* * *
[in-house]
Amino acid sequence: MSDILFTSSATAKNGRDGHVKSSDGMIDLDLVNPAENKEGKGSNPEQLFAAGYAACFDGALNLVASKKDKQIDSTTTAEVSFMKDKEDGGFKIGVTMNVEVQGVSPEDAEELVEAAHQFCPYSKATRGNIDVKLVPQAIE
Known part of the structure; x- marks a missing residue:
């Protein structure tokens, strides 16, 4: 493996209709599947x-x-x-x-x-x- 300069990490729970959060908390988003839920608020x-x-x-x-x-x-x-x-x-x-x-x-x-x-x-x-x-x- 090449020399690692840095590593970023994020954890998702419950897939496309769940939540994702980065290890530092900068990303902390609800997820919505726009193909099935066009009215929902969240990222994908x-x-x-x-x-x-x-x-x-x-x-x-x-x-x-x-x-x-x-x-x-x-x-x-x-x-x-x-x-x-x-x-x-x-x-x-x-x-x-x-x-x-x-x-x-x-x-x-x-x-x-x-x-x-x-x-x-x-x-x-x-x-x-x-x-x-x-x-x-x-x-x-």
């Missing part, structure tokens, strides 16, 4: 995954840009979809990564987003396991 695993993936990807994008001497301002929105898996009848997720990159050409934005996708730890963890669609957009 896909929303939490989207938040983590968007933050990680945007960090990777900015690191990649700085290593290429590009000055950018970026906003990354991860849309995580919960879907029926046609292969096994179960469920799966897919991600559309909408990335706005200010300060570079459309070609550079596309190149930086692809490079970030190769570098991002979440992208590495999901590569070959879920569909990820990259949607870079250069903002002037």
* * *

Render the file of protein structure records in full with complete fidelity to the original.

[in-house]
Amino acid sequence: MSDILFTSSATAKNGRDGHVKSSDGMIDLDLVNPAENKEGKGSNPEQLFAAGYAACFDGALNLVASKKDKQIDSTTTAEVSFMKDKEDGGFKIGVTMNVEVQGVSPEDAEELVEAAHQFCPYSKATRGNIDVKLVPQAIE
Known part of the structure; x- marks a missing residue:
């Protein structure tokens, strides 16, 4: 493996209709599947x-x-x-x-x-x- 300069990490729970959060908390988003839920608020x-x-x-x-x-x-x-x-x-x-x-x-x-x-x-x-x-x- 090449020399690692840095590593970023994020954890998702419950897939496309769940939540994702980065290890530092900068990303902390609800997820919505726009193909099935066009009215929902969240990222994908x-x-x-x-x-x-x-x-x-x-x-x-x-x-x-x-x-x-x-x-x-x-x-x-x-x-x-x-x-x-x-x-x-x-x-x-x-x-x-x-x-x-x-x-x-x-x-x-x-x-x-x-x-x-x-x-x-x-x-x-x-x-x-x-x-x-x-x-x-x-x-x-």
């Missing part, structure tokens, strides 16, 4: 995954840009979809990564987003396991 695993993936990807994008001497301002929105898996009848997720990159050409934005996708730890963890669609957009 896909929303939490989207938040983590968007933050990680945007960090990777900015690191990649700085290593290429590009000055950018970026906003990354991860849309995580919960879907029926046609292969096994179960469920799966897919991600559309909408990335706005200010300060570079459309070609550079596309190149930086692809490079970030190769570098991002979440992208590495999901590569070959879920569909990820990259949607870079250069903002002037």